Syria has ordered the U.S. and French ambassadors not to travel outside Damascus without permission after they angered the government by visiting the flashpoint city of Hama this month.
Foreign Minister Walid Moallem announced the restrictions for U.S. envoy Robert Ford and France's Eric Chevallier on Wednesday. He said if they defy the order, Syria will impose a ban on any diplomatic travel more than 25 kilometers outside the capital.
Moallem added that Syria has not expelled the two envoys because it wants to develop better relations with the United States and France in the future.
Ford and Chevallier say they traveled to Hama to show solidarity with residents who are under pressure from the government's crackdown on dissent.
Meanwhile, activists say Syrian forces are continuing the crackdown on Wednesday, with sweeps through areas that include Damascus suburbs.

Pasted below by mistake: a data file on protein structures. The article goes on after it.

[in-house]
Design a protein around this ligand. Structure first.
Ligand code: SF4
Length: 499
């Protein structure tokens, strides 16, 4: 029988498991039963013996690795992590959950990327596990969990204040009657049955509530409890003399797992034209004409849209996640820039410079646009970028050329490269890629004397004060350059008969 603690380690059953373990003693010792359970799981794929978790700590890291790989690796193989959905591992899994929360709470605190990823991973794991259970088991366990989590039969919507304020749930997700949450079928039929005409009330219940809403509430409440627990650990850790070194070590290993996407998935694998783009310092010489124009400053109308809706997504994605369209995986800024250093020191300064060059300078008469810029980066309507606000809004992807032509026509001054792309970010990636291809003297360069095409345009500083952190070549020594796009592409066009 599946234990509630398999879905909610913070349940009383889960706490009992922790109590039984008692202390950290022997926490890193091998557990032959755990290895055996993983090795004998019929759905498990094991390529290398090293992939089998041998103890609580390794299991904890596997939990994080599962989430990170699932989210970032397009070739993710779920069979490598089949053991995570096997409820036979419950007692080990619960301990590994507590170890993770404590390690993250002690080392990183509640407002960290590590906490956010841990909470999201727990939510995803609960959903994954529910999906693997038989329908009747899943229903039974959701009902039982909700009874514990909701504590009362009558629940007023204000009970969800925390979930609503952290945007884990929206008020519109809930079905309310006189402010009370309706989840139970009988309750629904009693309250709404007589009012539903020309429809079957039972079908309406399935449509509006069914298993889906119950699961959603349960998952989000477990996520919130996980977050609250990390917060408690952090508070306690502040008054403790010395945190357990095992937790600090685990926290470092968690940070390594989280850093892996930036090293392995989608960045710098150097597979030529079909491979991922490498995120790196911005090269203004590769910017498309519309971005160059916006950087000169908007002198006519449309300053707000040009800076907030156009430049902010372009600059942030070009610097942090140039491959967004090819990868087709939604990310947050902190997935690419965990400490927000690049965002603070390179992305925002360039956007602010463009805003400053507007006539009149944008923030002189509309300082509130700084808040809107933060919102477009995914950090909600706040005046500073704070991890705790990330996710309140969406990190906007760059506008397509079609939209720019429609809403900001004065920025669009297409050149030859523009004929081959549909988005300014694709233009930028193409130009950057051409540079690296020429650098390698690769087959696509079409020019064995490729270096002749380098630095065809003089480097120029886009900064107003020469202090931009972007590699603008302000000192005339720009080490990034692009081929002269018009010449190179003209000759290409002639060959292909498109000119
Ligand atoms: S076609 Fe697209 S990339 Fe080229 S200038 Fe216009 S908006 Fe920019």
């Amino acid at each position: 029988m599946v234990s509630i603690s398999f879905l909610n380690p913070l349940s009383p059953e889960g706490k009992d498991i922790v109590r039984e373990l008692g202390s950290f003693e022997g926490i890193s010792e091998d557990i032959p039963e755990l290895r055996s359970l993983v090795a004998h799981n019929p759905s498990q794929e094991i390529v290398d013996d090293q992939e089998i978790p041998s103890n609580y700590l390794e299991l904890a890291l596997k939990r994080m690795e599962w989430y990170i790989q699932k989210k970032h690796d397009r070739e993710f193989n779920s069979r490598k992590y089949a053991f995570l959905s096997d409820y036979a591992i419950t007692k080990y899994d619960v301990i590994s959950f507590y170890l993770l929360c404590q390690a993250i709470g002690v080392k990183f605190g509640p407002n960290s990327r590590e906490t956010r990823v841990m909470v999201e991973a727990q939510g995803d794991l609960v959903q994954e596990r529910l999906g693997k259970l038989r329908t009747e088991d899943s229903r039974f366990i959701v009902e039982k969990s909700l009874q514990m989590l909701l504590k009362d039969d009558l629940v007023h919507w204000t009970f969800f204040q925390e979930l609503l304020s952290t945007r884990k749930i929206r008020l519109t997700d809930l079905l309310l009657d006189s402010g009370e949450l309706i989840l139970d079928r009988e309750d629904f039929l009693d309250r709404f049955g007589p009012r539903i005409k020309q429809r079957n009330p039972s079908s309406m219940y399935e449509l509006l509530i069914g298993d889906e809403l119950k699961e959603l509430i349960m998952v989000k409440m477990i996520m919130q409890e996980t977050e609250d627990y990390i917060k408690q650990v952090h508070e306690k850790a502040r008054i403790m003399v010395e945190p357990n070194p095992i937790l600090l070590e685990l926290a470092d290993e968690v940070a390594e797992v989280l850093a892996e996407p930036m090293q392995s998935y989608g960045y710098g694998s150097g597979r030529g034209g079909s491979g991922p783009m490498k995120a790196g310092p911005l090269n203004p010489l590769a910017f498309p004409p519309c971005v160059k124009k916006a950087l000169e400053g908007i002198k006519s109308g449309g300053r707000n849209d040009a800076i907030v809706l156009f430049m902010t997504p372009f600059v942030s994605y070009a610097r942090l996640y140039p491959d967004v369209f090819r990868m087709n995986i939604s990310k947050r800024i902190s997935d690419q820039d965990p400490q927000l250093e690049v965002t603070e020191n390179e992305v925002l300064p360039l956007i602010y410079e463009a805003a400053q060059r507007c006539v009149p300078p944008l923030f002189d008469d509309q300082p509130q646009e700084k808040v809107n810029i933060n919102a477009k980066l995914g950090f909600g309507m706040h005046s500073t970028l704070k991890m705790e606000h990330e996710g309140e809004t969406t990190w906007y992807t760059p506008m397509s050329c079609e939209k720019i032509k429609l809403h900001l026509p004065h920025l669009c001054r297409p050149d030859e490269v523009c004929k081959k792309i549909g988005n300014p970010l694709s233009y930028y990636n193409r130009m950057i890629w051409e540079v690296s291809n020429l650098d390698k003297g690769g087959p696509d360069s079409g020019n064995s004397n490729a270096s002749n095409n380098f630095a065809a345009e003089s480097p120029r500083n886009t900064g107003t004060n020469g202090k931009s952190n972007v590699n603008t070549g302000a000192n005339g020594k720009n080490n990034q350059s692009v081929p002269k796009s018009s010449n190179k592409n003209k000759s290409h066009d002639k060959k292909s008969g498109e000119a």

Also Wednesday, a prominent human rights group said it fears Syria is torturing dozens of men who were detained last Saturday and Sunday after mass arrests outside Damascus.
Amnesty International says Syria is holding the men incommunicado after arbitrarily arresting them in raids in the suburb of Qatana.
The group wants Syria to reveal the detained men's whereabouts and ensure they are protected from torture and other ill treatment.
Earlier, Syrian rights activists and witnesses said pro-government forces had shot and killed at least 13 people since Monday in the central city of Homs, a center of recent protests against President Bashar al-Assad.
It is difficult to verify the accounts of the violence in Syria because its government has barred foreign media from reporting and traveling freely in the country.
Some information for this report was provided by AP, AFP and Reuters.
|Follow our Middle East reports on Twitter|
and discuss them on our Facebook page.